“In 2010, new rates were highest among women on Navajo,” Harrison said. He said that could be because women are more likely to get tested, and testing is more readily available now. But data are scarce for many other tribes.
“Our numbers are so fragmented across the country,” he said. “There’s miscatagorizing, there’s underreporting. We’ve got to get the government to help us with the data issues.”
Despite Stigma, Work Must Go On
Harrison said the fact that people are still reluctant to talk about HIV and AIDS compounds the data collection problem: Nobody talks about HIV in the tribal government; it’s too complex,” he said. “There’s homophobia. There’s HIV phobia. There’s AIDS phobia. There’s transgender phobia. It’s really frustrating.”
He says the work is tough for he and his staff of six. Early on, elders told him not to do the work because they believed that to speak of AIDS was to invite it.
“They said, ‘It’s not here and you’re wishing it on us.’ I said, ‘It is here. We have four cases.’ We still get told that.”
Harrison said his staff members routinely get laughed at. People frequently assume he’s either gay or HIV-positive—he’s neither.
“My wife and I were treated pretty awful,” he said. “It was sad. I’ve been through the mill doing this work. “
He saw it as a positive thing that NAN was invited to participate in a conference call with the federal Department of Health and Human Services in late February; during that call, among other topics, he aired the need for help with data collection so funding sources might become more secure.
Meanwhile, NAN continues working on the Navajo Nation to raise awareness about the risks and realities of HIV and AIDS. A March 10 event in Chinle commemorated National Women and Girls’ HIV Awareness Day. And today, March 20, for National Native HIV AIDS Awareness Day, NAN workers will get Navajo school children to fill out cards showing what they’ll do to help stop the epidemic. The cards will be attached to balloons, and then released. This evening, comedian and hypnotist Dr. Kevin Foley and the James and Ernie comedy duo will be the headline acts at an evening dubbed “Hope Through Laughter.” Anonymous HIV testing will be offered throughout the event.
And the HIS-NIH studies are underway at five Native American Research Centers for Health (NARCH) facilities across Indian Country, to demonstrate whether the community-based programs employed across Indian Country work like Foley believes they do. They include Street Smart, a collaborative project of NNAAPC and the Great Plains Tribal Chairman’s Health Board in Rapid City to bring culturally sensitive HIV awareness and education to youth in nearby Native communities.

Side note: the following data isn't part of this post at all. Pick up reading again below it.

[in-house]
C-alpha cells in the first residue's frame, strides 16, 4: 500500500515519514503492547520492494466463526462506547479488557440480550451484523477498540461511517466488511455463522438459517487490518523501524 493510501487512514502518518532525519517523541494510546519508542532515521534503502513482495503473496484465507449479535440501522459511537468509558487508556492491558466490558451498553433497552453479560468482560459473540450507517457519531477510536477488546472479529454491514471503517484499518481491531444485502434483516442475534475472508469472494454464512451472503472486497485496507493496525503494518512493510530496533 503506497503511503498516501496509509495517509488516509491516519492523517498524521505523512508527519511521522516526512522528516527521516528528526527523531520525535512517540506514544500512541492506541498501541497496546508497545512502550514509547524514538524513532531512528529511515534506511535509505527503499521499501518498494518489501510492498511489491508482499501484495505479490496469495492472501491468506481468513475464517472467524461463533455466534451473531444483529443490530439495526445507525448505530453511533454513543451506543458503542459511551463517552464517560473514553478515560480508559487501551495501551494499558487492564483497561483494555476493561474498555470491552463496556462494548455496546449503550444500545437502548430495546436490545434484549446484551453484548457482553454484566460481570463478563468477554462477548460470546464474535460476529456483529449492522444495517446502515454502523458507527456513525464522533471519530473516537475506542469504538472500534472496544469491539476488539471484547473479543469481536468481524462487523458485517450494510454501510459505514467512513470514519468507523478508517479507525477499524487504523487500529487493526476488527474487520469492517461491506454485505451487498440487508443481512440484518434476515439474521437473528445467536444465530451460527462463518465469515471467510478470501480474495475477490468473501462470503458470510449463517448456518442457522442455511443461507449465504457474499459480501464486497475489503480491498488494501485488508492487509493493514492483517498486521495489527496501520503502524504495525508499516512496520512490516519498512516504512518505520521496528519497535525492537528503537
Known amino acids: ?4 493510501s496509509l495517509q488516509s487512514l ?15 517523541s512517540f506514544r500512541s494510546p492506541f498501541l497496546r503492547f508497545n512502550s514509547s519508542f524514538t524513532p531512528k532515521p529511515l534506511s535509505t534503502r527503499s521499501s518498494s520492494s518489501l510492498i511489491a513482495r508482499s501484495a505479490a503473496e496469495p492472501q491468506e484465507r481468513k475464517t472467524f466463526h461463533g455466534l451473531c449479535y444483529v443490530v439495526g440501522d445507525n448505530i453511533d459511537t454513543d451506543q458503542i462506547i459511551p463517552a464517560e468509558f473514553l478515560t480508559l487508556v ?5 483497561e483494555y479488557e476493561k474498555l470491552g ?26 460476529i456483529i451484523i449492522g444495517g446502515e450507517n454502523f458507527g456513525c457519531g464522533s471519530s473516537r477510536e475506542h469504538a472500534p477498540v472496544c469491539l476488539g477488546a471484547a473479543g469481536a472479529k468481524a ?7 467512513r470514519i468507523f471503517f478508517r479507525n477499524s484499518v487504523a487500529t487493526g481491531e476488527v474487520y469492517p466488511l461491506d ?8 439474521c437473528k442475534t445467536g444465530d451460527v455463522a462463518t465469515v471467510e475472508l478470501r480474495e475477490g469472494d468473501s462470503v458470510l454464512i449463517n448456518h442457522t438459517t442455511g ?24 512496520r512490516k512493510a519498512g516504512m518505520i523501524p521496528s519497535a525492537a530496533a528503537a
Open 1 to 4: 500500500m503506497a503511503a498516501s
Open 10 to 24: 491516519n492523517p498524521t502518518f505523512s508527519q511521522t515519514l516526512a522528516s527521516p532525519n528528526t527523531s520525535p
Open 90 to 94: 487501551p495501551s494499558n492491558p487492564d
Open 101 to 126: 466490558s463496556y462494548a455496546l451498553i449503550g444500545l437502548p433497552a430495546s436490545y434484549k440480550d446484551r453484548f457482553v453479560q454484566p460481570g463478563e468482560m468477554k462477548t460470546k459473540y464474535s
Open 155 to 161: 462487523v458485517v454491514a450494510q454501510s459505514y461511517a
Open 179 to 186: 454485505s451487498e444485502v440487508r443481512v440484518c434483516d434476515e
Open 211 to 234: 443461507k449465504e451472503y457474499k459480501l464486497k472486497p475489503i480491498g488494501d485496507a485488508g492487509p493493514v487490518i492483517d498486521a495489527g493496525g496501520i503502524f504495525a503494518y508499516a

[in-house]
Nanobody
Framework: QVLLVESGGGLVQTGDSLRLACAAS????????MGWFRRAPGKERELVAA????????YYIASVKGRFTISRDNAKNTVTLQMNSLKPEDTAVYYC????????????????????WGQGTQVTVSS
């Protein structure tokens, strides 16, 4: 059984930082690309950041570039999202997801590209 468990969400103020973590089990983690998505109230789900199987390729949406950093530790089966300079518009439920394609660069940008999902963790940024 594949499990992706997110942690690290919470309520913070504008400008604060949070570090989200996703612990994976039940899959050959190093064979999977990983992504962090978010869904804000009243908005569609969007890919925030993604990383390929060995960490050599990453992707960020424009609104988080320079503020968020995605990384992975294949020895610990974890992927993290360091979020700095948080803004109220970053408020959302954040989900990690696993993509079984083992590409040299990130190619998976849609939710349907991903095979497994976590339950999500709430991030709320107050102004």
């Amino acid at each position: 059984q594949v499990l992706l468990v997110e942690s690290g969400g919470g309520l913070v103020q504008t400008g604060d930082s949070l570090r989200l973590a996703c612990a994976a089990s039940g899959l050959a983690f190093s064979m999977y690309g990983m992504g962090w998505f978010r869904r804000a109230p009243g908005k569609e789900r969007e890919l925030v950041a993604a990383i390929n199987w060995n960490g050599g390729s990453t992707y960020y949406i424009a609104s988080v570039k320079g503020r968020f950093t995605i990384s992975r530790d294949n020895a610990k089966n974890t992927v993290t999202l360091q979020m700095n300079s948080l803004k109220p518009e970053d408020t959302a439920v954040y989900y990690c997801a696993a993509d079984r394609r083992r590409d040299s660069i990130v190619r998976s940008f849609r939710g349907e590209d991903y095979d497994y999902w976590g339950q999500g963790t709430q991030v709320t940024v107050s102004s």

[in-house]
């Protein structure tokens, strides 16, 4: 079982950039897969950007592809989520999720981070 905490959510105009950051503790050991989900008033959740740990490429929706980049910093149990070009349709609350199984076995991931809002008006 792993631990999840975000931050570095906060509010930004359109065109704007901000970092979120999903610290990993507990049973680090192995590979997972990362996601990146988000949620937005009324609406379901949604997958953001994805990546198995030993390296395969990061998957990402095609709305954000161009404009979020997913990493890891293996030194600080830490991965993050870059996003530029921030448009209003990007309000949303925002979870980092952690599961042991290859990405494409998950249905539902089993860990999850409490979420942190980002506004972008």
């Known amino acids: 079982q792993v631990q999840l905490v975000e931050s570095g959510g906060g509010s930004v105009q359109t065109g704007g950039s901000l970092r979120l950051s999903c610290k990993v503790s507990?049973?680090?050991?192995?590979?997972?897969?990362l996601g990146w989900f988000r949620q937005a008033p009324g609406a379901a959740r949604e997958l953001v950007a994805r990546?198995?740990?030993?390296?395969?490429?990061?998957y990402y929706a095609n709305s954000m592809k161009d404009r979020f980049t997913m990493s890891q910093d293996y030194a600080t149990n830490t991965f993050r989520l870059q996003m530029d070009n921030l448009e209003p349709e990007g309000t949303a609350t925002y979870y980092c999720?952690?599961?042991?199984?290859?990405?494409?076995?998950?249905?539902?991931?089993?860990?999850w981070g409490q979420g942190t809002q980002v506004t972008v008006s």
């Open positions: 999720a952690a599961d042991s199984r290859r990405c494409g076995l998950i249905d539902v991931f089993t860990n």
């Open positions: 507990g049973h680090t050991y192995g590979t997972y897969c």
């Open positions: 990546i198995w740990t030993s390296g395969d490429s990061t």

The NNAAPC’s Foley said other successful programs are struggling to keep their funding, including trainings through the federal Office of Women’s Health for health care workers treating HIV-affected Cherokee tribal members and Native Alaskans. Another is a program out of Salish-Kootenai College in Montana, which offers classes for women and girls on HIV risk when it comes to dating and relationships. The NNAAPC itself runs retreats called Native Women Speaking, for Native women on reservations. During those sessions, traditional healers help teach participants what it means to be a Native woman, and how that impacts HIV risk.
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Foley said there’s still a rallying cry to be made. The federal policy shift is an “external challenge,” he said, and NNAAPC and like-minded organizations will continue to try to reverse it—but there’s plenty Native communities can do to fight from inside their tribes.
“As long as there are people facing discrimination or fear of discrimination because of their gay identity, their bisexual identity, their transgender identity, their Two Spirit identity … as long as communities aren’t setting aside their own resources internally for prevention and intervention programs, then we’re creating barriers internally,” he said.
“We have some tribes that are doing wonderful things like the Navajo Nation, the White Earth Reservation,” he added. But because ongoing stigma, “there are still some tribes that are five years behind the rest of the country when it comes to HIV prevention.”